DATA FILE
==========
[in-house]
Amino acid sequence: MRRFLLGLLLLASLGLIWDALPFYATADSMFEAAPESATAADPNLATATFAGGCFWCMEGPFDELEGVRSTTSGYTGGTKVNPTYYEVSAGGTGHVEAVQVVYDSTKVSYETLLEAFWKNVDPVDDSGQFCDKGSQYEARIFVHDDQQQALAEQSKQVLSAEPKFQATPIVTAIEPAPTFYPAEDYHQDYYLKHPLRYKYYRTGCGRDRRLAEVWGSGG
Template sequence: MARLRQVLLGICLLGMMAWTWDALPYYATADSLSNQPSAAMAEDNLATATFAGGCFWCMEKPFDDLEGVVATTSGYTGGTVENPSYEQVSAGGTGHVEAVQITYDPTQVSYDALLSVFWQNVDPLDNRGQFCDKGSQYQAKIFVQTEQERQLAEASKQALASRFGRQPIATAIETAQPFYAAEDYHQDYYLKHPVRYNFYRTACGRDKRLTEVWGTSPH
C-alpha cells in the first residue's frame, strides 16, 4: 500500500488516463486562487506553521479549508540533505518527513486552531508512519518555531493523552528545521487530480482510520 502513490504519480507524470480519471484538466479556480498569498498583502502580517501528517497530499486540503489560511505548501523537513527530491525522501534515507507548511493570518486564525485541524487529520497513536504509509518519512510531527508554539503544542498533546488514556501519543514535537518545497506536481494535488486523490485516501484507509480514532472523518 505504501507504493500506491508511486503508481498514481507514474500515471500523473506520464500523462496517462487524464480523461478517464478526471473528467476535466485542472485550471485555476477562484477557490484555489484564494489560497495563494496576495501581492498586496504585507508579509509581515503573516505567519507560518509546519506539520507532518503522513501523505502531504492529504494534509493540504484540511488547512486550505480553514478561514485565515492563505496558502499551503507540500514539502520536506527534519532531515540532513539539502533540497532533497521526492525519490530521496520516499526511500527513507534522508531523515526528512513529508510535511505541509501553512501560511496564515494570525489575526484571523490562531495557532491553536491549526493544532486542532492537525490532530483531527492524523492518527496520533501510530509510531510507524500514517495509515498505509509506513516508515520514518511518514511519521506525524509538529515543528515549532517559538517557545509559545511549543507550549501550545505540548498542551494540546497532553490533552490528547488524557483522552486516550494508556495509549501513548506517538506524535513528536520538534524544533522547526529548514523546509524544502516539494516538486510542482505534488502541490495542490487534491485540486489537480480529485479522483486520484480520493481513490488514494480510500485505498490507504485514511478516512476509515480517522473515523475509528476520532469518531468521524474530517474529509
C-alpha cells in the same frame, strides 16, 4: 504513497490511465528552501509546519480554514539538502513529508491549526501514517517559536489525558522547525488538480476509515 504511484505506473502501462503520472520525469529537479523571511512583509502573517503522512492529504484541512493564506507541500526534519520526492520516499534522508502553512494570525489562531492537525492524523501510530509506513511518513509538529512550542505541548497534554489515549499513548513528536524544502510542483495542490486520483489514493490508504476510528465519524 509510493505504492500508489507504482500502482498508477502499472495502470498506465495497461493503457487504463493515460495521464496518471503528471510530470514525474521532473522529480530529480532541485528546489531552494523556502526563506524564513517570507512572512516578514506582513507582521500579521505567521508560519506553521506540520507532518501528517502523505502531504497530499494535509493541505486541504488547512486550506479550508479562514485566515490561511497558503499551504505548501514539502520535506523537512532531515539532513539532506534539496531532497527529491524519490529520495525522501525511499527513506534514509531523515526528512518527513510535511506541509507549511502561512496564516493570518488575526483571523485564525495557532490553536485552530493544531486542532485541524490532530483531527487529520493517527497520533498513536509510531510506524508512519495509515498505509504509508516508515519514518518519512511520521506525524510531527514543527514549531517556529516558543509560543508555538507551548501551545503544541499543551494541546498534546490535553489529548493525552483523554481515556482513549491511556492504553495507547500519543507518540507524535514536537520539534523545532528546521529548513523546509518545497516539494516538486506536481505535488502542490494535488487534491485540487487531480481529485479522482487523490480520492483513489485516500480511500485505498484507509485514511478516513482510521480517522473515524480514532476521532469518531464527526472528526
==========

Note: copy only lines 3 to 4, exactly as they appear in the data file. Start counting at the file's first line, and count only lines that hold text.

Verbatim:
Template sequence: MARLRQVLLGICLLGMMAWTWDALPYYATADSLSNQPSAAMAEDNLATATFAGGCFWCMEKPFDDLEGVVATTSGYTGGTVENPSYEQVSAGGTGHVEAVQITYDPTQVSYDALLSVFWQNVDPLDNRGQFCDKGSQYQAKIFVQTEQERQLAEASKQALASRFGRQPIATAIETAQPFYAAEDYHQDYYLKHPVRYNFYRTACGRDKRLTEVWGTSPH
C-alpha cells in the first residue's frame, strides 16, 4: 500500500488516463486562487506553521479549508540533505518527513486552531508512519518555531493523552528545521487530480482510520 502513490504519480507524470480519471484538466479556480498569498498583502502580517501528517497530499486540503489560511505548501523537513527530491525522501534515507507548511493570518486564525485541524487529520497513536504509509518519512510531527508554539503544542498533546488514556501519543514535537518545497506536481494535488486523490485516501484507509480514532472523518 505504501507504493500506491508511486503508481498514481507514474500515471500523473506520464500523462496517462487524464480523461478517464478526471473528467476535466485542472485550471485555476477562484477557490484555489484564494489560497495563494496576495501581492498586496504585507508579509509581515503573516505567519507560518509546519506539520507532518503522513501523505502531504492529504494534509493540504484540511488547512486550505480553514478561514485565515492563505496558502499551503507540500514539502520536506527534519532531515540532513539539502533540497532533497521526492525519490530521496520516499526511500527513507534522508531523515526528512513529508510535511505541509501553512501560511496564515494570525489575526484571523490562531495557532491553536491549526493544532486542532492537525490532530483531527492524523492518527496520533501510530509510531510507524500514517495509515498505509509506513516508515520514518511518514511519521506525524509538529515543528515549532517559538517557545509559545511549543507550549501550545505540548498542551494540546497532553490533552490528547488524557483522552486516550494508556495509549501513548506517538506524535513528536520538534524544533522547526529548514523546509524544502516539494516538486510542482505534488502541490495542490487534491485540486489537480480529485479522483486520484480520493481513490488514494480510500485505498490507504485514511478516512476509515480517522473515523475509528476520532469518531468521524474530517474529509